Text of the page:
"In a village, there lived a huge Naag (hooded snake). The path where it lived was narrow; so it was difficult for people to walk past. One day, a Brahmachari Maharaj came that way. People stopped him and warned him about the Naag. They told him that it was even more poisonous than Vasuki, the king serpent. The Brahmachari Maharaj replied that he wasn’t scared of any snake, as he possessed a mantra that would calm the snake. As he went along, he was greeted by the hiss of the hooded serpent. With the help of the mantra, he managed to calm the snake down. The snake told the Brahmachari, ‘I have never seen a man like you, and I bow down to you. Please make me your disciple. And before you go, please give me a ‘Diksha Mantra’.’ The Brahmachari agreed to initiate the snake but on one condition. It was that the serpent would have to give up biting after it started the recitation of the japa. The snake agreed to give up biting people. Both went their own ways. A year later, the Brahmachari Maharaj visited that area again. He found that children were playing on the path, close to the snake’s habitat, totally unafraid of the snake. The Brahmachari asked the children, ‘Are you not scared of the Naag?’ The children said, ‘Who will be scared of that snake who doesn’t bite anymore. We pulled him by the tail, broke his back, and put him back in his hole. You can go and see for yourself.’ The Brahmachari peeped down the hole and called out to the snake: ‘Where are you, Naag Maharaj?’ The snake replied, ‘I’m down here waiting for you, Guruji.’ The Guruji asked him to come up. The snake replied that he couldn’t, as his back was broken. ‘Look what has become of me ever since I stopped biting. I wanted to find Moksh (salvation) but instead broke my back!’ The Brahmachari comforted the snake telling him that he would set it all right. He then told him, ‘Silly fellow. All I said was don’t bite. But did I ask you to stop hissing as well?’"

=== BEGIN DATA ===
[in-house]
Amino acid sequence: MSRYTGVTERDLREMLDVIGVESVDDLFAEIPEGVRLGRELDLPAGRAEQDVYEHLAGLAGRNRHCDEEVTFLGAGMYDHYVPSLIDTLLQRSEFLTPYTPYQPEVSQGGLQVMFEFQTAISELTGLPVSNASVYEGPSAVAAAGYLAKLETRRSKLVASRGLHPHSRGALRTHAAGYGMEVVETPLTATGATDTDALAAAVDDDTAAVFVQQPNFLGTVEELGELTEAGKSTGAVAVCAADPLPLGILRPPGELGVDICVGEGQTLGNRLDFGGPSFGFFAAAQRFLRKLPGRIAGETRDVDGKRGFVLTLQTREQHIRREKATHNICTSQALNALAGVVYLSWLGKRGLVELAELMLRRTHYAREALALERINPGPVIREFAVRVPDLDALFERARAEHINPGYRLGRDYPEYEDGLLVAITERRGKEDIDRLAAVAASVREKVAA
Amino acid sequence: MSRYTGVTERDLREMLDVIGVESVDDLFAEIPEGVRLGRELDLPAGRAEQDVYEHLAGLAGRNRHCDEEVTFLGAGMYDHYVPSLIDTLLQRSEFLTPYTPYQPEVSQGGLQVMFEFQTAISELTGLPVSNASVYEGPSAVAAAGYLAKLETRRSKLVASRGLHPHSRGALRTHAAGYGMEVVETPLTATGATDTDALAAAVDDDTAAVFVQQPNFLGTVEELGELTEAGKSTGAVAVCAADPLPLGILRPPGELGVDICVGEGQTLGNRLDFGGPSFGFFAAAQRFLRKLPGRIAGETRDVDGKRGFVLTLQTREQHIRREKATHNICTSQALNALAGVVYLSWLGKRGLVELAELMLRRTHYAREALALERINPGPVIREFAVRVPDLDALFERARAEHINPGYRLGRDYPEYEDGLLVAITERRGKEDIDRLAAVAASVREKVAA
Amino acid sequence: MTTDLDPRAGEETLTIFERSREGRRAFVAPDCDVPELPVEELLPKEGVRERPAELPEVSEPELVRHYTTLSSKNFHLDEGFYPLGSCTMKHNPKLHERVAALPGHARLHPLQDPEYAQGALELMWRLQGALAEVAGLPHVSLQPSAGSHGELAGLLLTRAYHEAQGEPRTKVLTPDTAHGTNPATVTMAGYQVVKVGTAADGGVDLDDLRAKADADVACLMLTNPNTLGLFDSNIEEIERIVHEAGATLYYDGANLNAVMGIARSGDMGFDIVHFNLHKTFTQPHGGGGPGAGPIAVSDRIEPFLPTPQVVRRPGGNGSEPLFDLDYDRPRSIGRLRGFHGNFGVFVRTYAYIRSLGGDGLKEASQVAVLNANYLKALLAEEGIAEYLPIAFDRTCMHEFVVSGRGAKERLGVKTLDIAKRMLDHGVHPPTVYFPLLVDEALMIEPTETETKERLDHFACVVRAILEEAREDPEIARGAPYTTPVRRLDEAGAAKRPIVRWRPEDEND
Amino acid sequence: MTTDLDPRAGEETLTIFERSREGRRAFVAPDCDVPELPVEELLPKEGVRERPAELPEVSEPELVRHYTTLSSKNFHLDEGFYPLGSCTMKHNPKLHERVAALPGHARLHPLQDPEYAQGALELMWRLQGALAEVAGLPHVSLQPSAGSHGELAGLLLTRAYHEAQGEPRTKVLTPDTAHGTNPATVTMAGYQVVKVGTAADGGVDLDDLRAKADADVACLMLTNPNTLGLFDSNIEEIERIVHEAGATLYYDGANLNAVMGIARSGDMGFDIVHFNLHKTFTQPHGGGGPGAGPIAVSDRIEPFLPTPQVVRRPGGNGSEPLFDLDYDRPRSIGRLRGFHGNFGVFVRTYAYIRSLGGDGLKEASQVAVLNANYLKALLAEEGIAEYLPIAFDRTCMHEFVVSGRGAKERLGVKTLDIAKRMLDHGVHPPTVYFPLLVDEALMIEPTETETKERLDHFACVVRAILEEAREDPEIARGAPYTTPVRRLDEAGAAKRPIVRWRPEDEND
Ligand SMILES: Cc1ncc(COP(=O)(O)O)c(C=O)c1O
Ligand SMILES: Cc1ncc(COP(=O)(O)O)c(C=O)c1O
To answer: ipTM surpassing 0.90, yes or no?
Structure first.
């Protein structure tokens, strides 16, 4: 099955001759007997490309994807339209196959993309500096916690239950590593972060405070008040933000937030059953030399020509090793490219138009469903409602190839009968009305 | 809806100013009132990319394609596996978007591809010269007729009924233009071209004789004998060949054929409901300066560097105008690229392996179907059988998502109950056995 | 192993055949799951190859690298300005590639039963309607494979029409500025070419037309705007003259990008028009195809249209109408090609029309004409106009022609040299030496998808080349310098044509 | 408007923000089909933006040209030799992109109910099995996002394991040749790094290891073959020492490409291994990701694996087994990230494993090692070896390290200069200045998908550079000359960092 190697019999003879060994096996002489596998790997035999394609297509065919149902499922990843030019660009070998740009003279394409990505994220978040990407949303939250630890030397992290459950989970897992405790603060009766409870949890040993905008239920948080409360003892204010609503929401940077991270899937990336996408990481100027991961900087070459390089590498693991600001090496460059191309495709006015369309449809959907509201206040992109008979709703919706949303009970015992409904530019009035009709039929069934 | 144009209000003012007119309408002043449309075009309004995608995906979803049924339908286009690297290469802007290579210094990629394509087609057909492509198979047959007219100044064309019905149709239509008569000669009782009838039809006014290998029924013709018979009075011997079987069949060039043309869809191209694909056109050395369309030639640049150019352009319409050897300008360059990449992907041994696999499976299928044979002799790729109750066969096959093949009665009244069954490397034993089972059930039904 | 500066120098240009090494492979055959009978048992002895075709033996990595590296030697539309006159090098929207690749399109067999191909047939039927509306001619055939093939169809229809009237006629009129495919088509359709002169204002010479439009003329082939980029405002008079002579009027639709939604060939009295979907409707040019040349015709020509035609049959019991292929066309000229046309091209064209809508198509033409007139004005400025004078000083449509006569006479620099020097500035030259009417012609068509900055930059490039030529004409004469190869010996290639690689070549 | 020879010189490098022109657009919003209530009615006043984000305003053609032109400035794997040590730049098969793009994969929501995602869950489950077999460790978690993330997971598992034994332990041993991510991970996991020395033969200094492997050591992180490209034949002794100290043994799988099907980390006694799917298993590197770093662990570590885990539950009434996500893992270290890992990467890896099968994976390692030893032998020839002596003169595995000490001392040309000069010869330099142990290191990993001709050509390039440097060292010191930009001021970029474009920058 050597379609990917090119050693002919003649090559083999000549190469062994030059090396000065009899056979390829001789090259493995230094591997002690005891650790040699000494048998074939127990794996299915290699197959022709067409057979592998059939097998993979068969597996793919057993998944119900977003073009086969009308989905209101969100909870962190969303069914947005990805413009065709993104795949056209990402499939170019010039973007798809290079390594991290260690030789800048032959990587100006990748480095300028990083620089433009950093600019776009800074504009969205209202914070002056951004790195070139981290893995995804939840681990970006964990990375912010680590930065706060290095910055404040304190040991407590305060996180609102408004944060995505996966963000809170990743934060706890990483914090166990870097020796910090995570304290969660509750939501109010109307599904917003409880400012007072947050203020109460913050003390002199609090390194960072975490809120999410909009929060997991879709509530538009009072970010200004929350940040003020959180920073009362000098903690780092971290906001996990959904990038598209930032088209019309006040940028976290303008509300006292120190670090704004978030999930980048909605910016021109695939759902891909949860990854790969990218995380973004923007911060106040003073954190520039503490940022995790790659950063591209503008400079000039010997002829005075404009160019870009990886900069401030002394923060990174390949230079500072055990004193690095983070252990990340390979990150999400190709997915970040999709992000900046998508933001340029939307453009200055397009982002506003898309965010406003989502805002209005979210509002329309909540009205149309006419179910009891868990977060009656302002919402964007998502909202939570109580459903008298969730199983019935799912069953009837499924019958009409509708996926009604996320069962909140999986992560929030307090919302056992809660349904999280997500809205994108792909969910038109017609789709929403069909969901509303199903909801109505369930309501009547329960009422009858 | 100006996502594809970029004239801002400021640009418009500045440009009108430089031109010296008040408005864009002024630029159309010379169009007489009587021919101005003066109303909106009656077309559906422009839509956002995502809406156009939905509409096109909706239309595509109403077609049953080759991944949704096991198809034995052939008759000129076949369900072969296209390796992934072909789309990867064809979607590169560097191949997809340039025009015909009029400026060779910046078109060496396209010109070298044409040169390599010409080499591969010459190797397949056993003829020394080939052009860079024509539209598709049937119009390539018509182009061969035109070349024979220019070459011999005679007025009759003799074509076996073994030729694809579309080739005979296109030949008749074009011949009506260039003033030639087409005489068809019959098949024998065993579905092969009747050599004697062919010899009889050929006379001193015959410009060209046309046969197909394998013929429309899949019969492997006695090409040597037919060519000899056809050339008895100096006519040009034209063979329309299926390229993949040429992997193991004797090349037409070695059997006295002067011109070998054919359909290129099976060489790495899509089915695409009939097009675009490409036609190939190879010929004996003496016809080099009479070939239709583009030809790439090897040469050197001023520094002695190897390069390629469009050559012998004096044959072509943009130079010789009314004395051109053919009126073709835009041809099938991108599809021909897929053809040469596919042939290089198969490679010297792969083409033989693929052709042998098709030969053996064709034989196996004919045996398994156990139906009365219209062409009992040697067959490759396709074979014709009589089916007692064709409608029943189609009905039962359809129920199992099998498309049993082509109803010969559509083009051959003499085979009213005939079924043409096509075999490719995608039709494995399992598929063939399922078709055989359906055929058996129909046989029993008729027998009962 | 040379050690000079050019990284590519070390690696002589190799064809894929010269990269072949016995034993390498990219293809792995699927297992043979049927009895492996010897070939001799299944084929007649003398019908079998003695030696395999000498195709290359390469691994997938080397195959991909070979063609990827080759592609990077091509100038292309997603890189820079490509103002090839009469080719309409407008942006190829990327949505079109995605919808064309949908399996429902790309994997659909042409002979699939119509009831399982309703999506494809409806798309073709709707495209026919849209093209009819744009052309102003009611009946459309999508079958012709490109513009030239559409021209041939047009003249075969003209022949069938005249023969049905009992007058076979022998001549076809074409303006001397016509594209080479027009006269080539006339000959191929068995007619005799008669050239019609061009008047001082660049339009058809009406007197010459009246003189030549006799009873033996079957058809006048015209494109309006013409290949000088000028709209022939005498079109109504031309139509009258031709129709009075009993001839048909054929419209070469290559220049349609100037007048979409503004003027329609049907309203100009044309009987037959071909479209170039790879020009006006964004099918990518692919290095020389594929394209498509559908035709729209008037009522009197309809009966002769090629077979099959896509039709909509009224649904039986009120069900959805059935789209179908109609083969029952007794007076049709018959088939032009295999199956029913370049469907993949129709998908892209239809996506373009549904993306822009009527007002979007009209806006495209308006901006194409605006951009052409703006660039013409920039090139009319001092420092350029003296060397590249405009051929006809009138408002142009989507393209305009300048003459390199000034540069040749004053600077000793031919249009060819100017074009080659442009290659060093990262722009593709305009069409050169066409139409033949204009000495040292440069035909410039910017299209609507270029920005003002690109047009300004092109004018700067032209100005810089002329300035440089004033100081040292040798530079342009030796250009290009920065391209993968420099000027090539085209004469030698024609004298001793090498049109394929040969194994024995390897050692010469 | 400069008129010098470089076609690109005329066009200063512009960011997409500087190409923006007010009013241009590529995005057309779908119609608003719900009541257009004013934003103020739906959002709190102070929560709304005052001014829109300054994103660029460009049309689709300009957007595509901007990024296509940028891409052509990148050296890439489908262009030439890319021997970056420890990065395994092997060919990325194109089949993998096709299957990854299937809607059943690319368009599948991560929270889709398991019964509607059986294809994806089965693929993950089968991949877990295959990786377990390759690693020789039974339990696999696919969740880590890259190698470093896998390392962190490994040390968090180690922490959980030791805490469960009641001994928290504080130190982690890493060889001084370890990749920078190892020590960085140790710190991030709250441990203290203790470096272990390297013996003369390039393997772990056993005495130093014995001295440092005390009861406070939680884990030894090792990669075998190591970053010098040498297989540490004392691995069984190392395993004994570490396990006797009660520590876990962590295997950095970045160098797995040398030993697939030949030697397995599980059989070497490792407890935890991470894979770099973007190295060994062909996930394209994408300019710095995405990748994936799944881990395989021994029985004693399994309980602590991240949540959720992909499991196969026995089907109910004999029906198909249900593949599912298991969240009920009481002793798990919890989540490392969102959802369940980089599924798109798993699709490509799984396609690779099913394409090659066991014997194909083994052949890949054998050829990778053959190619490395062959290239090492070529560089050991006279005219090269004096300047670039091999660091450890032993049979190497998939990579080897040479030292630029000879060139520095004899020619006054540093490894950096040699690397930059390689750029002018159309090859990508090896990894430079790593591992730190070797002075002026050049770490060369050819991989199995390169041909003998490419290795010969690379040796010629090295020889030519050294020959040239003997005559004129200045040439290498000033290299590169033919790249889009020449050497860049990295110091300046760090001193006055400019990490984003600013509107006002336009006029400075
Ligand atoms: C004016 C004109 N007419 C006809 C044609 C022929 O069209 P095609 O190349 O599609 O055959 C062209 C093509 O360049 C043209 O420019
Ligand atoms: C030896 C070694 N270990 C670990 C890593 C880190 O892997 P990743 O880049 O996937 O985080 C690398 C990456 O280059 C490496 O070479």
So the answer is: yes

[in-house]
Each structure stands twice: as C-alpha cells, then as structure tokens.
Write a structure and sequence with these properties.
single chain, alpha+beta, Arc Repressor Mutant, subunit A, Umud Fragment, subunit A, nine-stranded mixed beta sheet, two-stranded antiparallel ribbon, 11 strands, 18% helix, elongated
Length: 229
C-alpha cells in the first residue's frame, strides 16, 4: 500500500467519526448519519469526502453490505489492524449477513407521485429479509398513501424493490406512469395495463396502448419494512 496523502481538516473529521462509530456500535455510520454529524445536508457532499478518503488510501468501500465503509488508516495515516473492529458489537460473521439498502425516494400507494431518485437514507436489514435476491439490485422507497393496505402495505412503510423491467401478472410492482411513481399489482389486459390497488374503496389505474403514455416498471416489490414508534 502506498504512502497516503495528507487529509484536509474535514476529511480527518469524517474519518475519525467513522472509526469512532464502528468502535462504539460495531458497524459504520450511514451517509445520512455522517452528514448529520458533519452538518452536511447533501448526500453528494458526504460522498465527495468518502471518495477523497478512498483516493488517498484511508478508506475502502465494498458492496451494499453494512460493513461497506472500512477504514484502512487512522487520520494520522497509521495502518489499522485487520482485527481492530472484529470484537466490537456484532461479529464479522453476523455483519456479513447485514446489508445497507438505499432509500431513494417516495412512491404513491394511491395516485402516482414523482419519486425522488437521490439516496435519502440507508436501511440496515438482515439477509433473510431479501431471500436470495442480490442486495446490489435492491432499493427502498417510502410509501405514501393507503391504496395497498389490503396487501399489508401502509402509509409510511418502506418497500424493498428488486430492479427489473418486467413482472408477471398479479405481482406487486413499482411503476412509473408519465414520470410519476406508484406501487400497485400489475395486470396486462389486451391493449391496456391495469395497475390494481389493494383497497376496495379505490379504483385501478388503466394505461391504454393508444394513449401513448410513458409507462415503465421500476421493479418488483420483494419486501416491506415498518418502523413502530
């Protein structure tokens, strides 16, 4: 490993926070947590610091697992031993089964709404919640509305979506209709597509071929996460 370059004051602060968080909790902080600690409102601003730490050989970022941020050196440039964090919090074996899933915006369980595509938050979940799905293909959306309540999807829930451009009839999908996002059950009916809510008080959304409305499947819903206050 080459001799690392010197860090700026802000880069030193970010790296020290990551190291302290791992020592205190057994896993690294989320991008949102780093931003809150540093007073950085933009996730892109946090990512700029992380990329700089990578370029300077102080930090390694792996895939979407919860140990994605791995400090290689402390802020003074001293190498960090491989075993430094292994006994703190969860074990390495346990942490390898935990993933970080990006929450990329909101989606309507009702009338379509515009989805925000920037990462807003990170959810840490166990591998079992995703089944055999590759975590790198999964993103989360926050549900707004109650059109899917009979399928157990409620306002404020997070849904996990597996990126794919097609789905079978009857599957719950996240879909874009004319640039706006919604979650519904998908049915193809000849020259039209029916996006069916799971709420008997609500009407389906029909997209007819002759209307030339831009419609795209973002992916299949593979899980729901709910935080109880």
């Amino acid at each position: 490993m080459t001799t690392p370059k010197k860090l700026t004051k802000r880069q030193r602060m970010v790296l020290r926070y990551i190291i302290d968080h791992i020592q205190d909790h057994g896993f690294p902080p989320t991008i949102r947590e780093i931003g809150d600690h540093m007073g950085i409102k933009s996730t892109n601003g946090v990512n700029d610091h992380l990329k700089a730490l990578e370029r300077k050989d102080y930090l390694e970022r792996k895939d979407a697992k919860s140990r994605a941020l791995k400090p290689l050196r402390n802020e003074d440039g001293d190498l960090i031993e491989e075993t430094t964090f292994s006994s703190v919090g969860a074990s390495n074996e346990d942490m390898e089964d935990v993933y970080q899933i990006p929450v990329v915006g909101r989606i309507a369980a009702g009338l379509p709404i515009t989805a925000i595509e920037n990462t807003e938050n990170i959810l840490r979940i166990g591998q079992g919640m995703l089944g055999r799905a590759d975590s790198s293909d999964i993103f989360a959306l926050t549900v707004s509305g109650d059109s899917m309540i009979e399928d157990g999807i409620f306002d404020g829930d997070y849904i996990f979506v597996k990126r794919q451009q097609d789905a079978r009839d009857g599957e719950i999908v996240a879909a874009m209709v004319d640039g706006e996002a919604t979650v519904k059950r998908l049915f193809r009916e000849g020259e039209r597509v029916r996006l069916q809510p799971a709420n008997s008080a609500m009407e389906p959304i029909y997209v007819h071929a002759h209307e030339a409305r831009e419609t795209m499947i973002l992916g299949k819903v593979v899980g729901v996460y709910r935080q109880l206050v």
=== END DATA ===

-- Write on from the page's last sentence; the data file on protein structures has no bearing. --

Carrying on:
9. #59
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    Re: The problems of being a Hindu ''convert''

    Namaste

    Just read in Madhva’s Mahabharata Tatparya Nirnaya, chapter 22, a dialog between Draupadi, Yudhishthira and Bhima.